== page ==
To edit, or not to edit?

by Justin Clark 21 days ago in editing

Do we need to edit our photos?

To edit, or not to edit?

Hello all! Welcome back, Happy New Year! I figured we'd get back into some photography related blogs! Let's talk a little bit about editing. What is it? What does it do? Is all editing the same? How do we edit an image? Is editing necessary?

I'd like to start with the first topic, what is it? What does it mean to edit an image? It's an incredibly broad topic, but ultimately it means we are changing something on our photo through either physical or digital means. In the days of film photography images were "edited" in dark rooms via dodging and burning (brightening or darkening certain areas of the film) by using laborious and materially intensive procedures. With how common digital cameras, personal computers and phones are, we can now do all of this even while on our morning commute riding the train. The process has become so streamlined and simplified, that should you need to, with a little guidance or understanding, you can get more out of your images.

The process of editing an image alters the photo in someway shape or form after it has been taken by the camera. So after we've clicked our shutter release, the photo has been taken, any changes henceforth could be considered an edit, even if it's performed with in-camera settings as some camera's now offer (say greyscale, perspective distortion, sepia toning etc). It can be as intensive as reconstructing a photograph from multiple sources to create a "composite image" via Photoshop, or as simple as putting an instagram filter over your image just before you upload it.

You will find many people will have very different interpretations of what constitutes "editing" an image. But ultimately, if you change it in some way from the original shot, it technically has been edited. I believe personally it can be broken into 3 broad categories:

  1. Life-like
  2. Creative/artistic
  3. Composite

Life-like edits

A life-like edit in my opinion is when we edit our photo to more accurately represent the actual scene that we were able to perceive with our eyes. Digital camera technology has come a long way, but it is still far inferior to what our eyes can actually perceive. Our camera's don't display the same colours as our eyes can see, shadows in an image may be a lot darker than what was actually perceived due to the settings we used to get the shot. With this in mind, I consider edits that make something look as it was perceived as a life-like edit, to make it more similar to what we saw, by altering small things such as lighting (highlights/shadows/exposure), colour (saturation/vibrance), crop (composition). If I find myself altering an image more than these it falls into the next category.

This image practically only had a bit of a exposure increase and a colour correction to make the jacket more accurate to how we would see it with our eyes

Creative/Artistic edits

A creative/artistic edit is what I consider to be more than slight lighting/colour corrections. If we have a vision for how we would like our image to look, and we've changed colour balances, added colour or taken away colour that was or wasn't previously there, probably added a more significant manipulation of existing (or even non-existing) light, we're now at a point where I would say this is a creative or artistic edit. It could also be something as simple as applying a slight fade to the image and adding some grain to give it a film look, or it could also be that we've removed something from the image, say there's a lamp post that seems out of place, or some power lines, maybe some rubbish, or some people that don't fit with the image. If we've changed it someway from what our eyes saw, to something different from what would have been a "life-like" edit, we've put our creative or artistic touch on it. It's a scene that no longer looks quite how it did when we took that image, to make it look like something we've wanted to create, to convey a certain mood or message. I would say majority of my images fall into this category. This category of editing I tend to enjoy the most, it gives me the creative liberty to create something I find visually pleasing, without being too labour/time/skill intensive.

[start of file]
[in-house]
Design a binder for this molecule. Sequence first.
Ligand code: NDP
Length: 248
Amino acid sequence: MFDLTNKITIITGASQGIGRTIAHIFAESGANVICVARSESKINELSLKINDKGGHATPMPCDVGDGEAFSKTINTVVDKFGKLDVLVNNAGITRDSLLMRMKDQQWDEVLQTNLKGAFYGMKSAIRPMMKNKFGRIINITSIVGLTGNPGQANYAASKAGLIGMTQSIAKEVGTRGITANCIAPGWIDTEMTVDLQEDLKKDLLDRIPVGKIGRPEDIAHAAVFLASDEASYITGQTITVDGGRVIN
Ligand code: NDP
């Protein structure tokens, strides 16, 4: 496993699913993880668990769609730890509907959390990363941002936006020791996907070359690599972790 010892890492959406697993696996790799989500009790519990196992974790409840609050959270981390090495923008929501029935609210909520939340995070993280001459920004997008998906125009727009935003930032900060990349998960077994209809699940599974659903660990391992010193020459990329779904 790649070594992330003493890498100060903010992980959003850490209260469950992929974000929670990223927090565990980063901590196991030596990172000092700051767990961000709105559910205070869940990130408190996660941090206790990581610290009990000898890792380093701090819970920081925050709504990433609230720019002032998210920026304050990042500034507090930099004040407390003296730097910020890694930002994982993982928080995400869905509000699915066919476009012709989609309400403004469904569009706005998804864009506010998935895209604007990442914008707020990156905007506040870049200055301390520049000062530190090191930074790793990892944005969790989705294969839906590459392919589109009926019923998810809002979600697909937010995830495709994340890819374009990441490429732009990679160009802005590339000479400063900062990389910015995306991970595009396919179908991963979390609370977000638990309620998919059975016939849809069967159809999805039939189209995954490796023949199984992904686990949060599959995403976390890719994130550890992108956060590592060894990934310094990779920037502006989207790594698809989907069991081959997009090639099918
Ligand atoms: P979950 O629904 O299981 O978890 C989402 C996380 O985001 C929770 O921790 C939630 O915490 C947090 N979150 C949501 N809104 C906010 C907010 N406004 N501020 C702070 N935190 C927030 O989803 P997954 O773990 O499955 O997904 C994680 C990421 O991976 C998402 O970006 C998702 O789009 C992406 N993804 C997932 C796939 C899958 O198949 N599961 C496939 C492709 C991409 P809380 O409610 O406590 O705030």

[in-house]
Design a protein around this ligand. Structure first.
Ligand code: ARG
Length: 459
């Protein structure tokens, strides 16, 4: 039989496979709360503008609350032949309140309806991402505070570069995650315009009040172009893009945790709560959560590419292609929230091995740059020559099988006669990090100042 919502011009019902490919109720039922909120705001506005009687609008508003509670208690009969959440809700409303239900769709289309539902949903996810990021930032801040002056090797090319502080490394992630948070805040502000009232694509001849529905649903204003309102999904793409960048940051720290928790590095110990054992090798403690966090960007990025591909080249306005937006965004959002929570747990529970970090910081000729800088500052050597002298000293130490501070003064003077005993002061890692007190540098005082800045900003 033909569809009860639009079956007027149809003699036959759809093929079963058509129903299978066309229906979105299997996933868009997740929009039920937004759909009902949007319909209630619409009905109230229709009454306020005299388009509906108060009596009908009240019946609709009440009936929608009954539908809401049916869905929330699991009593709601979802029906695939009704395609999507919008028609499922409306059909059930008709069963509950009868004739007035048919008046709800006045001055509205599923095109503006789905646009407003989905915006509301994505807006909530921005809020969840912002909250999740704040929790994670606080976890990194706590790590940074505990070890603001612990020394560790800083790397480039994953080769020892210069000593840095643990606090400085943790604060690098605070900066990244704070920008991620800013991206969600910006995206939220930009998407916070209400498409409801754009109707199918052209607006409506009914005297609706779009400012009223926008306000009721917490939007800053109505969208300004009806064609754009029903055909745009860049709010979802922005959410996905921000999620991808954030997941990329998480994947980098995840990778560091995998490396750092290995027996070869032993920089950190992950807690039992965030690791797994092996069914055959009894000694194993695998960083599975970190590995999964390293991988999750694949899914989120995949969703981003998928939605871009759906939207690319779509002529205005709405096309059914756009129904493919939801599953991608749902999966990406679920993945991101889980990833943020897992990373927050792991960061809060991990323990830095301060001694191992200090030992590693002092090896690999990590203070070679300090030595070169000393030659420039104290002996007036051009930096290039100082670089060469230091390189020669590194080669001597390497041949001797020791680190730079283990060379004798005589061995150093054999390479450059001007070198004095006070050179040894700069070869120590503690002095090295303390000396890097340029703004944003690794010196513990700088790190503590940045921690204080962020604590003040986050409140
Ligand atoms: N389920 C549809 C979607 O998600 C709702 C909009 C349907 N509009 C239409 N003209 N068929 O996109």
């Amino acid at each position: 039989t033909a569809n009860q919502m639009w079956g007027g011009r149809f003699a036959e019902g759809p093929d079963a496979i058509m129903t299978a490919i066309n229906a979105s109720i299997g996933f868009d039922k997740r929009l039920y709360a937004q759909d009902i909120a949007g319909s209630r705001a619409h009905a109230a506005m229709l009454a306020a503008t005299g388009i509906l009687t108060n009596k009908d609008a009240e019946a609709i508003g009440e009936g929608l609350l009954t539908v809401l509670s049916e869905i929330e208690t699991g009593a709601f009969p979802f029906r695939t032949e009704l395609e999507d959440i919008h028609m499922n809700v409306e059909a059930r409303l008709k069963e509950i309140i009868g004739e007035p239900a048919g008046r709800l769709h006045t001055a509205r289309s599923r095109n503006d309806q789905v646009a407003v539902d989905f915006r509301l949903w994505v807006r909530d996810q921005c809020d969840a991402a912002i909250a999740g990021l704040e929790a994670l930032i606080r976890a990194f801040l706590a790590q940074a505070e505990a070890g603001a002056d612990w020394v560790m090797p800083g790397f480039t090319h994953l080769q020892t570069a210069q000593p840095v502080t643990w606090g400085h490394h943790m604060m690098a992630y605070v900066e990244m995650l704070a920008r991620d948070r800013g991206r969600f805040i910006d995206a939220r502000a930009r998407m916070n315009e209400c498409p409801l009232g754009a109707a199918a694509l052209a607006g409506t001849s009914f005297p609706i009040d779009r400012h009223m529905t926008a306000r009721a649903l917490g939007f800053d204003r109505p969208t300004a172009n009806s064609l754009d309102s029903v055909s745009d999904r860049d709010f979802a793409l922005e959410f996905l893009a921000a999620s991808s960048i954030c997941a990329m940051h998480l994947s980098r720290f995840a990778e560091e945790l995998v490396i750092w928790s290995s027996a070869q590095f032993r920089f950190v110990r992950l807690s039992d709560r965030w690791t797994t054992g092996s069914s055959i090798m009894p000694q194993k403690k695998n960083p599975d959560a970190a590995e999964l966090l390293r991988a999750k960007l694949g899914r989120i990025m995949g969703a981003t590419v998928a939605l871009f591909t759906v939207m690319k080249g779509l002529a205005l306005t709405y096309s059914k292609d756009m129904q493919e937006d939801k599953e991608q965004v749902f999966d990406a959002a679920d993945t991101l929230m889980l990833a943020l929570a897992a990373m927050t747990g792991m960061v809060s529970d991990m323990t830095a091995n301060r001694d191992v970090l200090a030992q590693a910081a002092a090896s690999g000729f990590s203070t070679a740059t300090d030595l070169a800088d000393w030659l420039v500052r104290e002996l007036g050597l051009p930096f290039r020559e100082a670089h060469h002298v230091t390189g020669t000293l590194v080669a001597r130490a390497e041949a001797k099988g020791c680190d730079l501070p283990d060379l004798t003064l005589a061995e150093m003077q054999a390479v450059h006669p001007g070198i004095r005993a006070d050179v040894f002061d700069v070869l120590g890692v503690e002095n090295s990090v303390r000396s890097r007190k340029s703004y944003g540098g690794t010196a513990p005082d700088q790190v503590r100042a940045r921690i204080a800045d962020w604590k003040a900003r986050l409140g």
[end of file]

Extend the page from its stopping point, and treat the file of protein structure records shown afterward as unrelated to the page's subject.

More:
This image has had the exposure manipulated through various means, and I've applied the "Orton" affect to give it a slight otherworldly feel, while still keeping most of the image "intact"

Composite edits

Composite edits, personally I don't considering a photograph anymore. That is not to say that they are worth less, or that I dislike them. Many of the composite images I see I really enjoy and appreciate, it takes a lot of skill to create a composite image that doesn't look like a composite. But what is a composite, and why don't I think it's fair to consider it photography? A composite image is where we take components of multiple sources and combine them to make a final image. While the majority of this image may be photographs, I consider this category to be digital art at this point. We're taking multiple items (whether that be multiple photos, or vectors, stickers, freehand, etc) that does (or doesn't exist), and creating a visual that doesn't exist, or is completely different from how it started. Great examples of this style of art can be seen by searching: "Demas" on instagram, "Laanchan" on instagram, "Calop_" on instagram. So while it is likely comprised of multiple photos, it's no longer "just" a photo where as the editing styles we discussed just prior still retain some element of "reality". Composite images though are the greatest way for us to express our creativity, the creative process is practically limitless when making a composite image and is only limited by your skill and the amount of time you have.

I'm not the best composite artist but here is a composite of the Milky Way over the 12 Apostles along the Great Ocean Road in Victoria. The Milk Way was actually more southerly but I wanted it over the coast line. This is where composites let our creativity run wild.

So how do we actually edit an image?

There are now near infinite ways for us to edit images, some all via automated processes or filters, some offering us more liberty in how we want to edit. I don't use many apps for editing other than Lightroom CC and Photoshop, but a quick google should find you a significant list of apps for various purposes. Here's some quick tips to get you started with Lightroom CC (and similar programs), and we'll get to a more comprehensive tips list in the near future.

1: Play with the sliders